Canadian Interest Rates: What Would It Take For Them To Drop In 2019?

Dated: 01/13/2019

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Canadian Interest Rates: What Would It Take For Them To Drop In 2019?

It all depends on how stable the global economy is this year.

A "for sale" sign is pictured in front of a house in Toronto, July 17, 2018. Interest rates in Canada could fall this year if the global economy is unstable, Central 1 Credit Union predicts.
CARLO ALLEGRI / REUTERS
A "for sale" sign is pictured in front of a house in Toronto, July 17, 2018. Interest rates in Canada could fall this year if the global economy is unstable, Central 1 Credit Union predicts.

Like many other market observers, Central 1 expects the Bank of Canada will hike its influential key interest rate this year — but the credit union also presents a possible scenario that could see rates sink lower.

"The next Bank rate move is expected to be a quarter-point increase in late October 2019 on the expectation that oil prices have stabilized at a higher level, U.S.–China trade tensions have eased and global growth has stabilized," reads the latest Central 1 Interest Rate Forecast.

Watch: The extreme measures Canadians go through to buy a home. Story continues below.

However, Central 1 notes that there are downside risks. "A worse-case scenario — where U.S.–China tensions escalate or U.S. policies cause more disruptions and its political situation worsens — would bring a rate cut scenario into play," the report continues.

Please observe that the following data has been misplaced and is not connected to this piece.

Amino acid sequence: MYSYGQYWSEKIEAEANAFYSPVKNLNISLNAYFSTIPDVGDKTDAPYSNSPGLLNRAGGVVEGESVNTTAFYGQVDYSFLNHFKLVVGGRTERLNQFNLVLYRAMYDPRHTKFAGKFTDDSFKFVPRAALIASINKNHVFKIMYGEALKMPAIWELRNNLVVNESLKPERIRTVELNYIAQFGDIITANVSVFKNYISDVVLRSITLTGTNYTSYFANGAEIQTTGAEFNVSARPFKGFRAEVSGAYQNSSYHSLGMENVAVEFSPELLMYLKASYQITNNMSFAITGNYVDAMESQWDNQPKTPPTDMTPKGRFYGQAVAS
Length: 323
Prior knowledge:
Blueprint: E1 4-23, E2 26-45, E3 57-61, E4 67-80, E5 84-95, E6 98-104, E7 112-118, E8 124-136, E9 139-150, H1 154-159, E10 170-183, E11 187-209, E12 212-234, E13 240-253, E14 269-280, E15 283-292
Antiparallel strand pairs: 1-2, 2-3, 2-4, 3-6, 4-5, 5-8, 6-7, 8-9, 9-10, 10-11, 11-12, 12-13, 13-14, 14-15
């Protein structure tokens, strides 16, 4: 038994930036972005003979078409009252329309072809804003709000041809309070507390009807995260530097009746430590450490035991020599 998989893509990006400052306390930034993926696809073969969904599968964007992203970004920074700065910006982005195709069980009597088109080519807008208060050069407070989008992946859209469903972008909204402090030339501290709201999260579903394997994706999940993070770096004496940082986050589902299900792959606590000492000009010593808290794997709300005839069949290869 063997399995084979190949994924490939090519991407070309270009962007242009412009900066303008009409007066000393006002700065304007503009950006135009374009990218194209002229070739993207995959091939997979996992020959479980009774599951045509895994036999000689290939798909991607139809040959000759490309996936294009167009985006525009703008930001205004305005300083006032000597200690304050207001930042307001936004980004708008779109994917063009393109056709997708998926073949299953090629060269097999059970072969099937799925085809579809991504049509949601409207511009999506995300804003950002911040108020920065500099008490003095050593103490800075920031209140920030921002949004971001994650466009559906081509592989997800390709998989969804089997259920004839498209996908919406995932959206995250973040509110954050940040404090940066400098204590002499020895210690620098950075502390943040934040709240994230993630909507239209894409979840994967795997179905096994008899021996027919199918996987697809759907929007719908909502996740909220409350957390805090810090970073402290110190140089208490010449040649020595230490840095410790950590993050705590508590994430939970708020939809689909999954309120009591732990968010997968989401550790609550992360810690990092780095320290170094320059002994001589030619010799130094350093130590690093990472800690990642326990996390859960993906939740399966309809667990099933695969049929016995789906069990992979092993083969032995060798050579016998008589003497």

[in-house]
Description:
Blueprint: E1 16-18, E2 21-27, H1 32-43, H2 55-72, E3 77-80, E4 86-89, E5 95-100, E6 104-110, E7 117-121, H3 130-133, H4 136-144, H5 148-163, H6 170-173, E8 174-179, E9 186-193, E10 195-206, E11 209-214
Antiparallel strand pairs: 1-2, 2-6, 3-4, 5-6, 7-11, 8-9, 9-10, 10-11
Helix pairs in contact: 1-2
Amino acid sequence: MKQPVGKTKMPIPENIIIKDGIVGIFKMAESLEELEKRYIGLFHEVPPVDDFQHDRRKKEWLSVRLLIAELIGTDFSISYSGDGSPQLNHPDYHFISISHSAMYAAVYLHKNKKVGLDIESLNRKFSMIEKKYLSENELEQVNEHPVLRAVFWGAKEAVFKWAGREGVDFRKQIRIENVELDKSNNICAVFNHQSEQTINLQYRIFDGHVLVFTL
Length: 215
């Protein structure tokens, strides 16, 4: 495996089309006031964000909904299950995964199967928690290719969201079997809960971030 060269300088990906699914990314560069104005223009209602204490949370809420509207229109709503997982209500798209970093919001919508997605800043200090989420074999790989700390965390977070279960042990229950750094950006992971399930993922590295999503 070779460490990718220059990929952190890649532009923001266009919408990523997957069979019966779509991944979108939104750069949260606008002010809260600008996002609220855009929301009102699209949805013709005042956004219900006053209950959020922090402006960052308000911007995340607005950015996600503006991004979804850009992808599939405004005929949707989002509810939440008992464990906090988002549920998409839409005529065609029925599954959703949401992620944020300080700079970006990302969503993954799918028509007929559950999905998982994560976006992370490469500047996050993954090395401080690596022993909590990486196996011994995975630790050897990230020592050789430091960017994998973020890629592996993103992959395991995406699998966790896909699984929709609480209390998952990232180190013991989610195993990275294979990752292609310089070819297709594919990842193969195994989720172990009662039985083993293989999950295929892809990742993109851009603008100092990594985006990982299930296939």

Since July 2017, Canada's central bank has increased its mortgage-market influencing key rate, also known as the overnight rate, five times. The most recent hike was October, when a 25-basis-point increase brought the overnight rate to 1.75 per cent.

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The Bank of Canada's next policy announcement is scheduled for Wednesday, but no movement is expected on the rate front right now.

Central 1's commentary, published late last week, followed the release of a separate report in which Capital Economics predicted a rate cut was in the cards this year.

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Like Central 1, Capital Economics is in part basing its call on oil prices. But where Central 1 suggests recovery is most likely, Capital Economics says policymakers are underestimating the extent to which the economy is being negatively impacted.

That said, Central 1 says softening mortgage demand and slowing home sales may encourage some lenders to incent consumers with lower mortgage rates or other conditions. "Conditions for a mortgage rate cut are forming," Central 1 says.

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Steven Axford

Steve Axford grew up in Victoria, BC and has always been active in his community. Steve is a Victoria Cougars Hockey Team alumni as well as a Victoria Shamrocks (intermediate) alumni. During his time....

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